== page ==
Influential German Jewish existentialist thinker (1886–1929). Rosenzweig's parents belonged to an assimilated Jewish family with little attachment to Judaism or Jewish life. He himself, although extremely well educated in general German culture and especially proficient in the classics and philosophy, had, at first, hardly any Jewish knowledge. A cousin who had become a Christian urged Rosenzweig to take the same step. The story has often been told of how Rosenzweig felt that if he was to be converted to Christianity he ought to do so as a Jew, moving, as he saw it at the time, from a lower to a higher form of religion. While contemplating his conversion, he attended an Orthodox synagogue in Berlin on Yom Kippur. There he was so profoundly overcome by the devotion of the worshippers as they sought forgiveness from the God of their fathers that he realized there was no need for him to find his salvation outside his ancestral faith. As he was later to put it, the Christian claim that no man can come to the Father except through Jesus was true for all others but not for the Jew, since Jews, being already with the Father, had no need to ‘come’ to Him.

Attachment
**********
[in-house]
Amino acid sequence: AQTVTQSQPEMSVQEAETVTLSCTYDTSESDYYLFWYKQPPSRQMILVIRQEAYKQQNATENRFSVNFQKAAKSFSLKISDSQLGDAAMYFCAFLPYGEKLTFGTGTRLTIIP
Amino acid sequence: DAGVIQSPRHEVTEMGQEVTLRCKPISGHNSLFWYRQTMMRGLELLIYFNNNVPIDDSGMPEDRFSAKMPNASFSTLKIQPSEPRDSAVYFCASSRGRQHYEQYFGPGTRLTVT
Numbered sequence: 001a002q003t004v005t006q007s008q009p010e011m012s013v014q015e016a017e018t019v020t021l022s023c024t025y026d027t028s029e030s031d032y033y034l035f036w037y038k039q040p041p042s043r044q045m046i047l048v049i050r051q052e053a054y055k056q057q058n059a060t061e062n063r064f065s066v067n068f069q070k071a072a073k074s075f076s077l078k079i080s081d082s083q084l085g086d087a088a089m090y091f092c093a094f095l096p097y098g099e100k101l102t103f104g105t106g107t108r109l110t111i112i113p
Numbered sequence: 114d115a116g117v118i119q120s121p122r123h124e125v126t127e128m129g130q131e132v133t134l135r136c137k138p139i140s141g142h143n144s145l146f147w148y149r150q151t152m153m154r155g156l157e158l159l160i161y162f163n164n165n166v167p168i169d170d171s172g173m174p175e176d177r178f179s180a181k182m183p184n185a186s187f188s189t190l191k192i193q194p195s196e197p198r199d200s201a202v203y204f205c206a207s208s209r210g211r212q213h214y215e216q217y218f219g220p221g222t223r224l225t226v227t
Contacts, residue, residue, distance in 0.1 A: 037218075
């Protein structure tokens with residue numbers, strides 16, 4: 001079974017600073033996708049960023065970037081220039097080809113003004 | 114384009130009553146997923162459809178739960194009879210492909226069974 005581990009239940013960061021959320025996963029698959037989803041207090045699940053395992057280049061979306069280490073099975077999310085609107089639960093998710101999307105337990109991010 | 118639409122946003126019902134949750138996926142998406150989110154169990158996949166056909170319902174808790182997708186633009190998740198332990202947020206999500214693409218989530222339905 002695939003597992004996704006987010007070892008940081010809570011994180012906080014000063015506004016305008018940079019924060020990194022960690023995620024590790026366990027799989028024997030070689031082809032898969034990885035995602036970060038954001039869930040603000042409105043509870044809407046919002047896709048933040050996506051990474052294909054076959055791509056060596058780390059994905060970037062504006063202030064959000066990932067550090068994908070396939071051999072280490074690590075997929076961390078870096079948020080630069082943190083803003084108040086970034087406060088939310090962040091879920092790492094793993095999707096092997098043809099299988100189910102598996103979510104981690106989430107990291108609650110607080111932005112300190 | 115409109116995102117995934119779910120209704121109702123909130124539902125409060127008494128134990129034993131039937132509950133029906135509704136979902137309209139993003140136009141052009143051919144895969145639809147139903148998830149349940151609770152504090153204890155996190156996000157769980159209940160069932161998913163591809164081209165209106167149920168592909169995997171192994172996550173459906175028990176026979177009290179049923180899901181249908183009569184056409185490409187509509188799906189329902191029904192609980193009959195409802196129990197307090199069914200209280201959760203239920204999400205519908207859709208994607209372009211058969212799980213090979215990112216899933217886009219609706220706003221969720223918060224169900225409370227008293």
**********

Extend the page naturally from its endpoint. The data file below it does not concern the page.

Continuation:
Rosenzweig's major work, The Star of Redemption, was written, in part, on postcards he sent home from the trenches when he was serving in the German army at the end of World War I. In this work, God, the World, and Man are described as interrelated through a process of Creation, Revelation, and Redemption. God created the world and revealed His will for man to find redemption. This theme is represented by two interlocking triangles. At the three points of one triangle, pointing downwards, are Creation, Revelation, and Redemption. At the three points of the other triangle, pointing upwards, are Man, the World, and God. Man relates to the world and through the world to God. God relates to the world through creation and after creation from revelation through to redemption. The two interlocking triangles form the Star of Redemption (see MAGEN DAVID). Rosenzweig claimed to be giving expression to a new (i.e. existentialist) type of thinking. His work, therefore, as he himself states, is heavy-going in parts. It is nevertheless seminal for twentieth-century Jews, though hardly to everyone's literary and philosophical taste.
Subjects: Judaism and Jewish Studies.